As a speaker and attendee at the recent SHRM conference in Orlando, I detected three current major areas of interest in the field of staffing management. One area of focus among staffing professionals is background checking, a staffing process step that has taken on even greater significance in light of recent security and economic developments. The second is ongoing discussion around the broad issue of assessment, and the availability and efficacy of assessment and testing tools. The third major areas of interest ó the subject of my conference presentation and of this article ó is the burgeoning focus on metrics. It’s easy for all of us to agree that making our organizations more metrics-driven is a worthy goal. Yet amid all the discussion, there is, ironically, a lack of a systematic approach to metrics. So let’s take a step back to explore not the choice of which metrics to track, nor even how to track them and analyze them, but instead, what are the characteristics of a good metric? What Is a Good Metric? We use metrics as a basis to make decisions on and focus our actions. To be effective and reliable, the metrics we decide to use need to have five key characteristics. Each metric must be:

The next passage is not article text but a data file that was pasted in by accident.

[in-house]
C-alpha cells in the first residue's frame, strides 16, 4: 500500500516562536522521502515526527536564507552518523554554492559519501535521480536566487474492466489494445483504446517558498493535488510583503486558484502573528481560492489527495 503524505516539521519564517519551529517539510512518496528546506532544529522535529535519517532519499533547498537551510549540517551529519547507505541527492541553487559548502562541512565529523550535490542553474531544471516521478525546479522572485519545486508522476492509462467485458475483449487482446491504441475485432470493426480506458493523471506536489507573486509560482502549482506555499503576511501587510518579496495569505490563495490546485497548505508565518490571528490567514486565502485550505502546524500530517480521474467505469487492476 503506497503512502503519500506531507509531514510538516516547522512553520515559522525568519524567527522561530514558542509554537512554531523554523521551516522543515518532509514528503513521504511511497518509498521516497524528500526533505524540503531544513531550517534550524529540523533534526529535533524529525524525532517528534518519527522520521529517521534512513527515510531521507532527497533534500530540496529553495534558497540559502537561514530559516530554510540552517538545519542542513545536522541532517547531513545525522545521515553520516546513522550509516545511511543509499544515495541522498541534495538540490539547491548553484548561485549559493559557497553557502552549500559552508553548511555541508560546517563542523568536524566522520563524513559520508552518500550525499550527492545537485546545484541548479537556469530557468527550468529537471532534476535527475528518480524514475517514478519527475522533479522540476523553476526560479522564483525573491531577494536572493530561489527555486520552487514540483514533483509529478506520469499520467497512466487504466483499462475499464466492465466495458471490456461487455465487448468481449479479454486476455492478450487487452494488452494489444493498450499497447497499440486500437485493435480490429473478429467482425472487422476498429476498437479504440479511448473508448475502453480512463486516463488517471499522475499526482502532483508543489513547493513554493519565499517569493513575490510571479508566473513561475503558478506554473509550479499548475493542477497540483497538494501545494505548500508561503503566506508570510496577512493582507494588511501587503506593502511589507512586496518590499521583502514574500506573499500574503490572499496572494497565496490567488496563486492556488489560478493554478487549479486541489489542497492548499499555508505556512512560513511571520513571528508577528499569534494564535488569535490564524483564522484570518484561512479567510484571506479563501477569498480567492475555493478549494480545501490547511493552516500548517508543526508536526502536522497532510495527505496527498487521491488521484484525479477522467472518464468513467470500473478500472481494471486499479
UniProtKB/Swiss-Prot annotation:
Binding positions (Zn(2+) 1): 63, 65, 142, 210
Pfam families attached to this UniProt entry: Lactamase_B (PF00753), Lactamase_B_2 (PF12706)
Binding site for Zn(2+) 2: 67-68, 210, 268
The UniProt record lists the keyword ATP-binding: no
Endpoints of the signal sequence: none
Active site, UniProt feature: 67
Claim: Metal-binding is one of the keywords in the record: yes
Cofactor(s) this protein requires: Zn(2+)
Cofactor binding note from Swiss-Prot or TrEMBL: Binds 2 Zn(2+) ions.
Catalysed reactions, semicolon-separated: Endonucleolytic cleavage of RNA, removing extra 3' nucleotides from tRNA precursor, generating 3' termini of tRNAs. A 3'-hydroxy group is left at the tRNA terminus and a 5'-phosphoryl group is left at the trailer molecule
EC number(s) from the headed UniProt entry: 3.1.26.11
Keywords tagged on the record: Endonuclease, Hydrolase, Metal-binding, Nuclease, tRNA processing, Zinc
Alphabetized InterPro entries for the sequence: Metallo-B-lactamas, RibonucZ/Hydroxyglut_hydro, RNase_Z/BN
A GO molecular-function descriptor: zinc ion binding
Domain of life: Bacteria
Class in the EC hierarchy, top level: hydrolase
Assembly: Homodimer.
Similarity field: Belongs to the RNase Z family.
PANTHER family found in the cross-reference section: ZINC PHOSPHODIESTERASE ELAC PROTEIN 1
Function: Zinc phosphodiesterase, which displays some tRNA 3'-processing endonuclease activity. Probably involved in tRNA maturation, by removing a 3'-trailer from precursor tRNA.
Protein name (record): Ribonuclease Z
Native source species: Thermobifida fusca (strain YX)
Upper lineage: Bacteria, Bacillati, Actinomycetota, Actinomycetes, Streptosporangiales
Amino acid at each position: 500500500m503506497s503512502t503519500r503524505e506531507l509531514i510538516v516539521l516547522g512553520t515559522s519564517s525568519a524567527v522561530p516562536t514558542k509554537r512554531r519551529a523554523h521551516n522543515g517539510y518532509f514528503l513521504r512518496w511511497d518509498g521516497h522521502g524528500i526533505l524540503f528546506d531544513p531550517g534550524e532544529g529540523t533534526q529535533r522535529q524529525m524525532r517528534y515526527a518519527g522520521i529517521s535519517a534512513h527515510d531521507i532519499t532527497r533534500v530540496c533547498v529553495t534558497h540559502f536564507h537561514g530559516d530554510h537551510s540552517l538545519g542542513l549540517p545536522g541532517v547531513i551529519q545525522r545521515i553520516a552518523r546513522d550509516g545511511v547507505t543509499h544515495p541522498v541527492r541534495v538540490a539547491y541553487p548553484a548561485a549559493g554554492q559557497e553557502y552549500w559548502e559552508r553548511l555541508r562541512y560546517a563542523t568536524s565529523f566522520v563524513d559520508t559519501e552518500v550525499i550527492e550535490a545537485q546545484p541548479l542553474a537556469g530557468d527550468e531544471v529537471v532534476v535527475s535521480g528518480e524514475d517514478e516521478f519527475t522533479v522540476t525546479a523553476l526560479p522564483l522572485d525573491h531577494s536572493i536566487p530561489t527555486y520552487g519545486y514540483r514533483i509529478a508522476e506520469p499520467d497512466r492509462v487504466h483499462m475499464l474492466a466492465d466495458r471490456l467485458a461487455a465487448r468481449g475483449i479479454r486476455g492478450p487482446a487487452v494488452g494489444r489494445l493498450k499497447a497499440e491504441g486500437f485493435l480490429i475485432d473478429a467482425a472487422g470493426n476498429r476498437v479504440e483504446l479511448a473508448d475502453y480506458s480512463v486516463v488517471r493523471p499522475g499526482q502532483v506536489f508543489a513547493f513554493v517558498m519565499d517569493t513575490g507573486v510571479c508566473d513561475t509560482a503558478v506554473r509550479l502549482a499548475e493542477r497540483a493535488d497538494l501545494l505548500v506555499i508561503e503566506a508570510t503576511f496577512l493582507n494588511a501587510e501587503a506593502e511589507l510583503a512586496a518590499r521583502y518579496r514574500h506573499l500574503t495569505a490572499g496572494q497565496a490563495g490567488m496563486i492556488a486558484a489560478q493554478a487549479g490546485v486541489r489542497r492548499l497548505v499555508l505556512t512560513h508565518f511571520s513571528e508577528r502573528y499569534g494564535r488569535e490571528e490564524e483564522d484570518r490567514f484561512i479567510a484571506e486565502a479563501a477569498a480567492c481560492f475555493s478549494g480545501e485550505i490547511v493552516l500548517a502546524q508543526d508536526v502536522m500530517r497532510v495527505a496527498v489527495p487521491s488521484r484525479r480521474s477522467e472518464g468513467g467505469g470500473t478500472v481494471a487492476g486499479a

- Aligned with business: In a Corporate Leadership Council survey, 62 percent of respondents cited “to better align HR strategy with corporate strategy” as the number-one goal for HR. More than half the respondents in a Towers Perrin study considered “shifting HR’s role to help address critical business issues” as the most significant challenge for HR leadership. Clearly, HR alignment with business goals is a priority to measure and improve upon, but it is also difficult to achieve. First, corporate business targets (direction set by the CEO) and HR strategies need to be synchronized, and then translated into the tactics HR implements.
- Actionable and predictive: A good metric must provide information that can be acted upon. Too often, HR measures for the sake of measuring, without really thinking, “What do I do if the metric is lower or higher?” A clear plan of action and causality relation is a key element for successful metrics tracking. A metric that merely measures finite or completed actions, not ongoing activity, is only of forensic interest. Metrics must be regarded as a trend and must trigger appropriate action. The issue with many data points is that they are usually lagging indicators ó in other words, they show what happened in the past. A metric that, when analyzed, can forecast the direction actions should take in the future is called a leading indicator. Presenting leading indicators that can drive aligned action is where strategic HR is going.
- Consistent: A good metric is consistent in what it measures. Comparisons are made of equally weighted criteria. Cost per hire, for instance, has been a popular HR metric. Yet a SHRM/EMA Staffing Metrics study identified more than a dozen components included at widely varying degrees by different companies to calculate cost per hire. Make sure that the data included in any metric you use is defined at the outset and remains consistent. Otherwise, the value of its comparison is useless.